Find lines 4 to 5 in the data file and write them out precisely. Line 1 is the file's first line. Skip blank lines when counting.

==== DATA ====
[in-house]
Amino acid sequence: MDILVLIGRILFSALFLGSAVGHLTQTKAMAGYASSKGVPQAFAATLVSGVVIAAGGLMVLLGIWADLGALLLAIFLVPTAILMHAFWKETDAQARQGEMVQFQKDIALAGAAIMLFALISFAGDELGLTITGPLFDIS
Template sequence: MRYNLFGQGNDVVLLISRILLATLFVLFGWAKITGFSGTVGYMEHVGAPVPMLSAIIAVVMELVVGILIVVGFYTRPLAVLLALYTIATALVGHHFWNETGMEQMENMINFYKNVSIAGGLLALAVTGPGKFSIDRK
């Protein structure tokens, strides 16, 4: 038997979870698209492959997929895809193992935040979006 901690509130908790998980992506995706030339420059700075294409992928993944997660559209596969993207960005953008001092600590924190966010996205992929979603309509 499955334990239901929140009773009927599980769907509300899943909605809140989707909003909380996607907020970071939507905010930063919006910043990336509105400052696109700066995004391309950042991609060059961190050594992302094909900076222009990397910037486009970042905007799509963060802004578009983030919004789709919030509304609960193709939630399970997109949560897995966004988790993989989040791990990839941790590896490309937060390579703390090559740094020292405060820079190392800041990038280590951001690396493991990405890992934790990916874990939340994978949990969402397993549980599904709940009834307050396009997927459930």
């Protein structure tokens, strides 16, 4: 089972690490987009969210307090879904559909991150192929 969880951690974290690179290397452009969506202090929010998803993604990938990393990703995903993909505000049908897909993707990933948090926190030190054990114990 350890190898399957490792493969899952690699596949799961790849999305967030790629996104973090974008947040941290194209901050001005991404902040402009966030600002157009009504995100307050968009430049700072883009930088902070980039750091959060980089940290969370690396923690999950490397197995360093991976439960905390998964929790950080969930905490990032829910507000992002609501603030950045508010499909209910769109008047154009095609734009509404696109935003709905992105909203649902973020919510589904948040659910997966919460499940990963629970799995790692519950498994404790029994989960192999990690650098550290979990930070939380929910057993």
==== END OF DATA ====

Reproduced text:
């Protein structure tokens, strides 16, 4: 038997979870698209492959997929895809193992935040979006 901690509130908790998980992506995706030339420059700075294409992928993944997660559209596969993207960005953008001092600590924190966010996205992929979603309509 499955334990239901929140009773009927599980769907509300899943909605809140989707909003909380996607907020970071939507905010930063919006910043990336509105400052696109700066995004391309950042991609060059961190050594992302094909900076222009990397910037486009970042905007799509963060802004578009983030919004789709919030509304609960193709939630399970997109949560897995966004988790993989989040791990990839941790590896490309937060390579703390090559740094020292405060820079190392800041990038280590951001690396493991990405890992934790990916874990939340994978949990969402397993549980599904709940009834307050396009997927459930």
């Protein structure tokens, strides 16, 4: 089972690490987009969210307090879904559909991150192929 969880951690974290690179290397452009969506202090929010998803993604990938990393990703995903993909505000049908897909993707990933948090926190030190054990114990 350890190898399957490792493969899952690699596949799961790849999305967030790629996104973090974008947040941290194209901050001005991404902040402009966030600002157009009504995100307050968009430049700072883009930088902070980039750091959060980089940290969370690396923690999950490397197995360093991976439960905390998964929790950080969930905490990032829910507000992002609501603030950045508010499909209910769109008047154009095609734009509404696109935003709905992105909203649902973020919510589904948040659910997966919460499940990963629970799995790692519950498994404790029994989960192999990690650098550290979990930070939380929910057993």